PAC to split again over 'power-grab'
Pan Africanist Congress of Azania (PAC) president Letlapa Mphahlele has succeeded in extending his term of office from three to five years and usurping the powers of the national organiser, the deputy president and the national chair.
The move has raised the ire of the rest of the PAC and increased the likelihood of another split less than a year after former deputy president Themba Godi’s September 2007 departure to form the African People’s Convention.
Mphahlele’s powers were increased at a special party congress held last weekend at Fort Hare University in the Eastern Cape.
Last year Mphahlele suspended the entire PAC national executive committee, claiming that there was a “party crisis.” In the same wave of suspensions, former party leaders and MPs Motsoko Pheko, Clarence Makwetu and Stanley Mogoba were suspended. Pheko’s membership has since been revoked.
These events have resulted in the party splitting into two conflicting factions: the “new PAC”, led by Mphahlele, and the “old PAC” which is collectively, led by old-party stalwarts.
Mphahlele said the congress had aimed to revive the party in preparation for next year’s general elections.
Gauteng chairperson of the PAC Thami ka Plaatjie complained that valid party members had been excluded from the weekend congress.
“Last year [Mphahlele] introduced a new party-membership form.
According to him, if you don’t have the new membership card, you are not a member.
“Even I as a provincial chairperson, I am considered a non-member,” he said.
“That’s why we are having our own congress in Bloemfontein next month. We have recruited all the party stalwarts because we don’t want to lose ground with traditions and principles of the real PAC,” said ka Plaatjie, adding that after the August congress there would be two PACs.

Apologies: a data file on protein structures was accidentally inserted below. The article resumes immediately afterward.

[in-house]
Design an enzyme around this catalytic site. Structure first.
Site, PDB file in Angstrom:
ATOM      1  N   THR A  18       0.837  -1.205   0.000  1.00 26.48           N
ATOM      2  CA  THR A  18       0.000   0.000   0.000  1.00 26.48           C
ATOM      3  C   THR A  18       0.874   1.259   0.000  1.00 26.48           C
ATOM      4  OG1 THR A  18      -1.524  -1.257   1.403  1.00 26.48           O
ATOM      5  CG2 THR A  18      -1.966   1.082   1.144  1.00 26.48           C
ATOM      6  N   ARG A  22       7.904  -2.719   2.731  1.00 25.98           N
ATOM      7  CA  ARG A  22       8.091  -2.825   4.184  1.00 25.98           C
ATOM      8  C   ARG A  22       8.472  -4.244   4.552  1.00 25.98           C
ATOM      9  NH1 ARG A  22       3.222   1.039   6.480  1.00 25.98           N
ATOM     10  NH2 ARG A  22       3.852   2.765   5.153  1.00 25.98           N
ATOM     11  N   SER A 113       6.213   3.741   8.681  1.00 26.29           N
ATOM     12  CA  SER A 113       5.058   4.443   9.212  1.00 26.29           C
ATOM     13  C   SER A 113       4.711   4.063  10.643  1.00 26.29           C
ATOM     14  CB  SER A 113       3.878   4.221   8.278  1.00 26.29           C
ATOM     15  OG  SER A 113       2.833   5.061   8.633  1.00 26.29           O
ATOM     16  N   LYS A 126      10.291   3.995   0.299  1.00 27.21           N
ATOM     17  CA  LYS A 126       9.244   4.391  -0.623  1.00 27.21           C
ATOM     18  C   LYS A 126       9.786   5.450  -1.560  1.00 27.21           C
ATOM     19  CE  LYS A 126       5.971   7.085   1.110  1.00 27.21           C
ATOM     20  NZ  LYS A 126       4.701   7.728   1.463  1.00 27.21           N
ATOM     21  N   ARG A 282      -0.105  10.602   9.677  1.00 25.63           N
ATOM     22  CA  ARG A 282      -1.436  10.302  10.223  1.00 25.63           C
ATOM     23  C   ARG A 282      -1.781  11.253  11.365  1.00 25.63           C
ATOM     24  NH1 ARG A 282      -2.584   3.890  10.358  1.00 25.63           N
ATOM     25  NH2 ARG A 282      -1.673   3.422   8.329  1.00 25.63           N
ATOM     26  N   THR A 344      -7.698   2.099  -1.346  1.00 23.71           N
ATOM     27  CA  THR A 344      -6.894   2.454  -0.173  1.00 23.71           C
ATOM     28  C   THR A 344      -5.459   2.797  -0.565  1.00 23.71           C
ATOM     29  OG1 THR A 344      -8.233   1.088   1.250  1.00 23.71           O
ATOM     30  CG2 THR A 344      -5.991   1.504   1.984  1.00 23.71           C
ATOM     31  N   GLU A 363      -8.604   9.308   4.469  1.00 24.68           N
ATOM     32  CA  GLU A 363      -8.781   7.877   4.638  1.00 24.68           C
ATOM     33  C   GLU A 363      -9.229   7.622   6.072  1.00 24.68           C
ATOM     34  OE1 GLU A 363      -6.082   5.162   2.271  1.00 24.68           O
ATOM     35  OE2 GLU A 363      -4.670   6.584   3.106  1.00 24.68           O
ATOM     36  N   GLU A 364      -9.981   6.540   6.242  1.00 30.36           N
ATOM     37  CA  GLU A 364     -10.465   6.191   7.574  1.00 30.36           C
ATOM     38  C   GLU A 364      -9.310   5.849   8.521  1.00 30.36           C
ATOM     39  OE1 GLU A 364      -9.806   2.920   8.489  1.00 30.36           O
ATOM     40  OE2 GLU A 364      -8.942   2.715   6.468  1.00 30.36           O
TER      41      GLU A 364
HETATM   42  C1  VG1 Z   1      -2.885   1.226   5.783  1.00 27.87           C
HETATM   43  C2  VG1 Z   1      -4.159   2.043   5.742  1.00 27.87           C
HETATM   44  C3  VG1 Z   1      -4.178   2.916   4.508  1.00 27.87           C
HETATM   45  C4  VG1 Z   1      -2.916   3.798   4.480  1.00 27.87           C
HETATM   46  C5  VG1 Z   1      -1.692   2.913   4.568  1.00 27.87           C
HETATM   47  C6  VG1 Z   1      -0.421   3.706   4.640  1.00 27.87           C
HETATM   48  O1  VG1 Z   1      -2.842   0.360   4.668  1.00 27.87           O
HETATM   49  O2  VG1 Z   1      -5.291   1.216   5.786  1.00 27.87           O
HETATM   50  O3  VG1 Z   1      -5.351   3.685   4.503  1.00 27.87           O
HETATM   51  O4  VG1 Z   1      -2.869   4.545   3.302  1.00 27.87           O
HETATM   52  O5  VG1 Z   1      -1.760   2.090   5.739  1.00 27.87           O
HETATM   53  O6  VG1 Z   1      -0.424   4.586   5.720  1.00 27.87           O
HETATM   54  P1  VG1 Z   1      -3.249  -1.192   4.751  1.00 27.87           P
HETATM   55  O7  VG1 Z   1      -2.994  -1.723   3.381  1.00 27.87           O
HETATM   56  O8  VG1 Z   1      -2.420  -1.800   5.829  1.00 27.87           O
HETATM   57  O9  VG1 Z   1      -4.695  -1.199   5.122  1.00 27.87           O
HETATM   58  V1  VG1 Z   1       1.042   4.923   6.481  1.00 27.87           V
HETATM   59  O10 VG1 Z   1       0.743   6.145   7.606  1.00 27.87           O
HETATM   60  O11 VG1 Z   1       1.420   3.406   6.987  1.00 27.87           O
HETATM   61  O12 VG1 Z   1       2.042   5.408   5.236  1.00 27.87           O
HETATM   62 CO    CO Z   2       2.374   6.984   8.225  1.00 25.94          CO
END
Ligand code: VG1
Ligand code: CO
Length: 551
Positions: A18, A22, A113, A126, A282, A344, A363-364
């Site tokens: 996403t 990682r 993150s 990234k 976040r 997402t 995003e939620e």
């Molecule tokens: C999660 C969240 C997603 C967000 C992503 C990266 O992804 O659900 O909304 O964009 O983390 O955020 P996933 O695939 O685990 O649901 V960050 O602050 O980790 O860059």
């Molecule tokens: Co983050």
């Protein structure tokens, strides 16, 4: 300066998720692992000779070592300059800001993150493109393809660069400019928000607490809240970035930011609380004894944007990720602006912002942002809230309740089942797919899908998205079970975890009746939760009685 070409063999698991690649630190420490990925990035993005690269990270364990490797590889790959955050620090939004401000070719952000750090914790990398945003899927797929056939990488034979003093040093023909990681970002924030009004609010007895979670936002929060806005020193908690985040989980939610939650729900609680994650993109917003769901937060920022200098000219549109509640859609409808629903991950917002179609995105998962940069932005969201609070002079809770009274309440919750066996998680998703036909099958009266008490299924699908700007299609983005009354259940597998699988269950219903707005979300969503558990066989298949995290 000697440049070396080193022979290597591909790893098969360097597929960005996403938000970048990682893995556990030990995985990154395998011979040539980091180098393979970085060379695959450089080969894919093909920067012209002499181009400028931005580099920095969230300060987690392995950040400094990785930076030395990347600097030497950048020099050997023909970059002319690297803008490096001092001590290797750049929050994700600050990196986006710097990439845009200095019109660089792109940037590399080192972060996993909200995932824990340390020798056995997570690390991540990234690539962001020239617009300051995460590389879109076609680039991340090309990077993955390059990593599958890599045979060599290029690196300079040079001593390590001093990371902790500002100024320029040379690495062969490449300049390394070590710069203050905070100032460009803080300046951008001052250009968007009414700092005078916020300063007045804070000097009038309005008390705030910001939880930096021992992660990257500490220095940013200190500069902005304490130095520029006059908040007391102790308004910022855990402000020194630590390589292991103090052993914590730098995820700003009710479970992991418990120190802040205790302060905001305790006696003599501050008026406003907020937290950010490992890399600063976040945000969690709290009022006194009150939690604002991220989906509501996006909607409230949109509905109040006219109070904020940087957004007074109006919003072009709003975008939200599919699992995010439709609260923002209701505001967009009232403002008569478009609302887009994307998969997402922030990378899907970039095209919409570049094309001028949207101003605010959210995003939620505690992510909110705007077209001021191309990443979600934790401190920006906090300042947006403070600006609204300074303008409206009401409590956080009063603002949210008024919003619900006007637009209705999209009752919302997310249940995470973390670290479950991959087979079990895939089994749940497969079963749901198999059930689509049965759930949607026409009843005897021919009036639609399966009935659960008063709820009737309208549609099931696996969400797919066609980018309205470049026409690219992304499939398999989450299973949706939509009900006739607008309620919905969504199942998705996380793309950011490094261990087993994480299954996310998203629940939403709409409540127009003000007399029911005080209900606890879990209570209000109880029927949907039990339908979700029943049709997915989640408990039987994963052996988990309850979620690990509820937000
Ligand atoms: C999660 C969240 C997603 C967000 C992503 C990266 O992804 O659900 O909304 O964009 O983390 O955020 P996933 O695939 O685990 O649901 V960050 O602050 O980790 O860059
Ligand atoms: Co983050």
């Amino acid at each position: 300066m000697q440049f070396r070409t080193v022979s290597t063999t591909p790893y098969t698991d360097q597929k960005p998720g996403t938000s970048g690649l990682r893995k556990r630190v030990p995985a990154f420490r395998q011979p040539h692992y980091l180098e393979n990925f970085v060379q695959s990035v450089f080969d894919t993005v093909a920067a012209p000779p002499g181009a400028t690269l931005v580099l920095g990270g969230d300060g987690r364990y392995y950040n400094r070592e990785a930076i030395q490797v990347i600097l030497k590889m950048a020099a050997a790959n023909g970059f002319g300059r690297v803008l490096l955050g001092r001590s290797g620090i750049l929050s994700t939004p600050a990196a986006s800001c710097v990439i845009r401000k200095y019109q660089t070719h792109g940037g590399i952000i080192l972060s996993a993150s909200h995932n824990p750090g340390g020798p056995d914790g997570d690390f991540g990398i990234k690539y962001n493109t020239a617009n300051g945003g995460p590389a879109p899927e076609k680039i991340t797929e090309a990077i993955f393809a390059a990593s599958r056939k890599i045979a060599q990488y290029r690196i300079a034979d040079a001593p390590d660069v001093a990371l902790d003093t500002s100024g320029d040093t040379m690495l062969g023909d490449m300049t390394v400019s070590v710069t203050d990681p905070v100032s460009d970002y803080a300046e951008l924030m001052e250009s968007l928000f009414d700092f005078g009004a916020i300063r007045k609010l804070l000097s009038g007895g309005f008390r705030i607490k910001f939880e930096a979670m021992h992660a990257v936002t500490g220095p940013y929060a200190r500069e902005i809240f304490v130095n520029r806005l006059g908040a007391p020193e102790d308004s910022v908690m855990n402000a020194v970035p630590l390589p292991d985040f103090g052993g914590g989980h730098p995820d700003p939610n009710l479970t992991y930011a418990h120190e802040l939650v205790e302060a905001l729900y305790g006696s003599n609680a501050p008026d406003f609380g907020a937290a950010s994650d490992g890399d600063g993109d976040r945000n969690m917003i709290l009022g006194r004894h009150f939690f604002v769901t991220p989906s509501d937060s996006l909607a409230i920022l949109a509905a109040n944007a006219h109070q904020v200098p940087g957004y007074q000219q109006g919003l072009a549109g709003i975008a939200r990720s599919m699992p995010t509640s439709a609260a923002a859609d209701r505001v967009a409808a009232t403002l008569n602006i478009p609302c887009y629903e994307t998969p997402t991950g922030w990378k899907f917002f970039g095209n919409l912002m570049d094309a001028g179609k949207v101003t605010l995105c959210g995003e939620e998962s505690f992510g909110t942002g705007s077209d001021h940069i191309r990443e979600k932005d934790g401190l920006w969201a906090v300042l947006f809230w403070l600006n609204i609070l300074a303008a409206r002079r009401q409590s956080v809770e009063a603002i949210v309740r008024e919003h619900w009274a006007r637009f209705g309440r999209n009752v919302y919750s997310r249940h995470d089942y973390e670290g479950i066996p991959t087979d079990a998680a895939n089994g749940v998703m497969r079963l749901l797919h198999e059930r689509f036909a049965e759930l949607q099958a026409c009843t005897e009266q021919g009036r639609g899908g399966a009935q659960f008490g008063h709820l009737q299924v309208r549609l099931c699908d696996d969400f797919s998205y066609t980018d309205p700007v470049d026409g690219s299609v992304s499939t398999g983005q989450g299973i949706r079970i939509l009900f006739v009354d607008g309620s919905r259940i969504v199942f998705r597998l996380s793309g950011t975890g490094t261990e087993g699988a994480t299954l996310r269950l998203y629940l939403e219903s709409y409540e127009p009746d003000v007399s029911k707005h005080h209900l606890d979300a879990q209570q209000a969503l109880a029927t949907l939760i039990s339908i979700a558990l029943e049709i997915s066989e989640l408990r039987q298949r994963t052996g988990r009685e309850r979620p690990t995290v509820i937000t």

He said his faction, which comprises veterans such as former party presidents Mogoba and Makwetu has decided to ignore Mphahlele.
“Our plan is to reach out to the public as much as possible. We are also mobilising Themba Godi to support us. We need the support because we can’t challenge the ANC in splinter-groups,” he said.
This week Mphahlele denied that he was centralising power and dismissed suggestions that he wants to run the party without a constitution.
But he acknowledged that during last week’s “special congress” amendments were made to the old constitution. The amendments included scrapping the positions of national organiser, national chair and financial registrar.
The term of office of the leaders had been increased from three to five years, but leaders would only be allowed to serve two terms instead of the previous three.
“Did [party founder Robert] Sobukwe have a deputy? Mphahlele asked.
“The history of this party has shown us that the position of deputy president in particular, is a source of conflict,” he said, referring to the conflict between past PAC presidents and their deputies, most recently between Pheko and Godi.
“As far as I know, bona fide members of the PAC have never had a problem with my [leadership style].
All my actions are in line with the old PAC constitution, which was established in 1959 when this party was formed,” he said.